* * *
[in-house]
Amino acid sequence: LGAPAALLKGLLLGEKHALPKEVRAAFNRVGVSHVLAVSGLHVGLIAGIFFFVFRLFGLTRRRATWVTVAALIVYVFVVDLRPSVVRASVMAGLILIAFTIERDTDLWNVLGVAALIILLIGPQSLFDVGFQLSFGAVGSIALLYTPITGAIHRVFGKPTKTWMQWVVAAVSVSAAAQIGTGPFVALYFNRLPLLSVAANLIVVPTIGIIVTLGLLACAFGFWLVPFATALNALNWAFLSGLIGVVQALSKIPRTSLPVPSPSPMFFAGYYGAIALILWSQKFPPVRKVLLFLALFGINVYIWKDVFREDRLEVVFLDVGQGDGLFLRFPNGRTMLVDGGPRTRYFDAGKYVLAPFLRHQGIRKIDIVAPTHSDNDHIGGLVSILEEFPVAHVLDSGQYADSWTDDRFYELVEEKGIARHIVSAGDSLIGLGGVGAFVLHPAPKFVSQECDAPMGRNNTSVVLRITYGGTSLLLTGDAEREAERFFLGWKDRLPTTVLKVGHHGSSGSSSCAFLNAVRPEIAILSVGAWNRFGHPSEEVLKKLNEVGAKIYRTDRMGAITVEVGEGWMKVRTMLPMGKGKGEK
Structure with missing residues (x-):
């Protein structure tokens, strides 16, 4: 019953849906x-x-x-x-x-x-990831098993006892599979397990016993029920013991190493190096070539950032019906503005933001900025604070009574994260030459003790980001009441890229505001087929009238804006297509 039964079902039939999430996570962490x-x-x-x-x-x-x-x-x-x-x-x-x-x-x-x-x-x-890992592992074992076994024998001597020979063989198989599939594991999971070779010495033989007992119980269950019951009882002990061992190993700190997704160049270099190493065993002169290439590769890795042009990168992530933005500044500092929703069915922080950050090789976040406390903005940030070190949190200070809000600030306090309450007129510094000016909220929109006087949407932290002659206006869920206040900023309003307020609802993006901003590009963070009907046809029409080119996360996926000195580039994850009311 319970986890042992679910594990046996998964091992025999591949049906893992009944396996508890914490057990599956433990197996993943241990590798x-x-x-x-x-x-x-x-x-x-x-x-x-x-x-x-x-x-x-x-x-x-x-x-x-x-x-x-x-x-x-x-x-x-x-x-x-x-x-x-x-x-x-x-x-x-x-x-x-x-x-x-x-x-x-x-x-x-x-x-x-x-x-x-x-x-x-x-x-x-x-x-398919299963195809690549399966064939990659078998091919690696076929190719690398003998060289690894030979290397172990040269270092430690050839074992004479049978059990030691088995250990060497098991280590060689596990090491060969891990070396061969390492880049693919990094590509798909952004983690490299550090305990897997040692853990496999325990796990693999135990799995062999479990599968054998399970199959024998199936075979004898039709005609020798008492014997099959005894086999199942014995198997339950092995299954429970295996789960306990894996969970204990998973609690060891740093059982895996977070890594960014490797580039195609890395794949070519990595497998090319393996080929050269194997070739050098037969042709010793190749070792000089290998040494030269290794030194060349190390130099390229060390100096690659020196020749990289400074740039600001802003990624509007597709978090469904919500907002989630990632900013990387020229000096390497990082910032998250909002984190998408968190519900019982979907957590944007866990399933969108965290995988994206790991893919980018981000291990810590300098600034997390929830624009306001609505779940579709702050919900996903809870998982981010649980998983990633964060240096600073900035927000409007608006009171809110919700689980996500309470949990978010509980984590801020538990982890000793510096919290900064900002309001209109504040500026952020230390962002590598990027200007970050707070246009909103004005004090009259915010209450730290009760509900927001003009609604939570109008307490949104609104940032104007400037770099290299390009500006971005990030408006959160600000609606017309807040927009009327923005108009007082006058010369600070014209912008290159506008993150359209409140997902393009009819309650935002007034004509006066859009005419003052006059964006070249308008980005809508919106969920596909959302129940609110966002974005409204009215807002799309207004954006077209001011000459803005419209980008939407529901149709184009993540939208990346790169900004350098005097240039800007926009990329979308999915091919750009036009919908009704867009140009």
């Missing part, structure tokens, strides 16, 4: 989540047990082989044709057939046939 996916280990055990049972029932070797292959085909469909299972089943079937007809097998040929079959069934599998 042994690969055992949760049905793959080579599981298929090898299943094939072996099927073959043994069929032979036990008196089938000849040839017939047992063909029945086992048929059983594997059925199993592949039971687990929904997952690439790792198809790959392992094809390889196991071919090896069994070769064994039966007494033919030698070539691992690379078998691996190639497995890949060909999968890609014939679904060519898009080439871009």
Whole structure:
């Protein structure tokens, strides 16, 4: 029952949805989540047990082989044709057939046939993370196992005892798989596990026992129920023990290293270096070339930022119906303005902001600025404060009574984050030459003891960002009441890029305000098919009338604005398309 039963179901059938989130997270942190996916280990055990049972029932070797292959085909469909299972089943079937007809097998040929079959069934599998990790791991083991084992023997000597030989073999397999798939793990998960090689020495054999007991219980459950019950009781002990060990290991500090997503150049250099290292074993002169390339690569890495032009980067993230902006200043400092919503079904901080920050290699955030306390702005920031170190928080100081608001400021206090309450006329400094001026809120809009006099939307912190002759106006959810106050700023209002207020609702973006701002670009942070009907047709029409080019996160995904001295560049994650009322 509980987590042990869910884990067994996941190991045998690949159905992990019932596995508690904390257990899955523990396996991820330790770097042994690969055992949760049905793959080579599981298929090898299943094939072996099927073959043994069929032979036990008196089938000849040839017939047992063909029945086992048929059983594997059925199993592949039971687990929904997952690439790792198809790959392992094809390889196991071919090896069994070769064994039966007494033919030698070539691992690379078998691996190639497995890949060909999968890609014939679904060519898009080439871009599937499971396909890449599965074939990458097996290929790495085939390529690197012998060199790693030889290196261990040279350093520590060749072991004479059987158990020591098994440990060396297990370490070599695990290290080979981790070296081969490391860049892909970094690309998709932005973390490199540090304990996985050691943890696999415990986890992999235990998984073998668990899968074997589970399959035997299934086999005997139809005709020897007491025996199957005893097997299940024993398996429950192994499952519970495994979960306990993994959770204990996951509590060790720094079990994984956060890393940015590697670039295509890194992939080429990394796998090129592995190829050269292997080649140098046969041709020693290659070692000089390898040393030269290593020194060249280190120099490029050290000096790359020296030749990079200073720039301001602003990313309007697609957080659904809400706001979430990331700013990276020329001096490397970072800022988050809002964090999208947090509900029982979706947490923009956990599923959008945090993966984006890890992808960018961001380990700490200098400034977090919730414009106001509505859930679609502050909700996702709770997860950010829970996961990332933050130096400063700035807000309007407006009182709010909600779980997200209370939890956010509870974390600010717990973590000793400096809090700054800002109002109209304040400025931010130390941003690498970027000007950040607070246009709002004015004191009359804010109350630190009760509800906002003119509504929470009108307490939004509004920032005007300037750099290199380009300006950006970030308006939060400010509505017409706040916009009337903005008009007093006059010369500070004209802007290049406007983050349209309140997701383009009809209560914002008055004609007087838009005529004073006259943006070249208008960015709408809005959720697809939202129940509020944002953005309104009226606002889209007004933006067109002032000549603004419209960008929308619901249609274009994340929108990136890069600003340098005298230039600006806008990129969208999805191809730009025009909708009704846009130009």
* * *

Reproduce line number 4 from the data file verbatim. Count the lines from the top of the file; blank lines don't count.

């Protein structure tokens, strides 16, 4: 019953849906x-x-x-x-x-x-990831098993006892599979397990016993029920013991190493190096070539950032019906503005933001900025604070009574994260030459003790980001009441890229505001087929009238804006297509 039964079902039939999430996570962490x-x-x-x-x-x-x-x-x-x-x-x-x-x-x-x-x-x-890992592992074992076994024998001597020979063989198989599939594991999971070779010495033989007992119980269950019951009882002990061992190993700190997704160049270099190493065993002169290439590769890795042009990168992530933005500044500092929703069915922080950050090789976040406390903005940030070190949190200070809000600030306090309450007129510094000016909220929109006087949407932290002659206006869920206040900023309003307020609802993006901003590009963070009907046809029409080119996360996926000195580039994850009311 319970986890042992679910594990046996998964091992025999591949049906893992009944396996508890914490057990599956433990197996993943241990590798x-x-x-x-x-x-x-x-x-x-x-x-x-x-x-x-x-x-x-x-x-x-x-x-x-x-x-x-x-x-x-x-x-x-x-x-x-x-x-x-x-x-x-x-x-x-x-x-x-x-x-x-x-x-x-x-x-x-x-x-x-x-x-x-x-x-x-x-x-x-x-x-398919299963195809690549399966064939990659078998091919690696076929190719690398003998060289690894030979290397172990040269270092430690050839074992004479049978059990030691088995250990060497098991280590060689596990090491060969891990070396061969390492880049693919990094590509798909952004983690490299550090305990897997040692853990496999325990796990693999135990799995062999479990599968054998399970199959024998199936075979004898039709005609020798008492014997099959005894086999199942014995198997339950092995299954429970295996789960306990894996969970204990998973609690060891740093059982895996977070890594960014490797580039195609890395794949070519990595497998090319393996080929050269194997070739050098037969042709010793190749070792000089290998040494030269290794030194060349190390130099390229060390100096690659020196020749990289400074740039600001802003990624509007597709978090469904919500907002989630990632900013990387020229000096390497990082910032998250909002984190998408968190519900019982979907957590944007866990399933969108965290995988994206790991893919980018981000291990810590300098600034997390929830624009306001609505779940579709702050919900996903809870998982981010649980998983990633964060240096600073900035927000409007608006009171809110919700689980996500309470949990978010509980984590801020538990982890000793510096919290900064900002309001209109504040500026952020230390962002590598990027200007970050707070246009909103004005004090009259915010209450730290009760509900927001003009609604939570109008307490949104609104940032104007400037770099290299390009500006971005990030408006959160600000609606017309807040927009009327923005108009007082006058010369600070014209912008290159506008993150359209409140997902393009009819309650935002007034004509006066859009005419003052006059964006070249308008980005809508919106969920596909959302129940609110966002974005409204009215807002799309207004954006077209001011000459803005419209980008939407529901149709184009993540939208990346790169900004350098005097240039800007926009990329979308999915091919750009036009919908009704867009140009």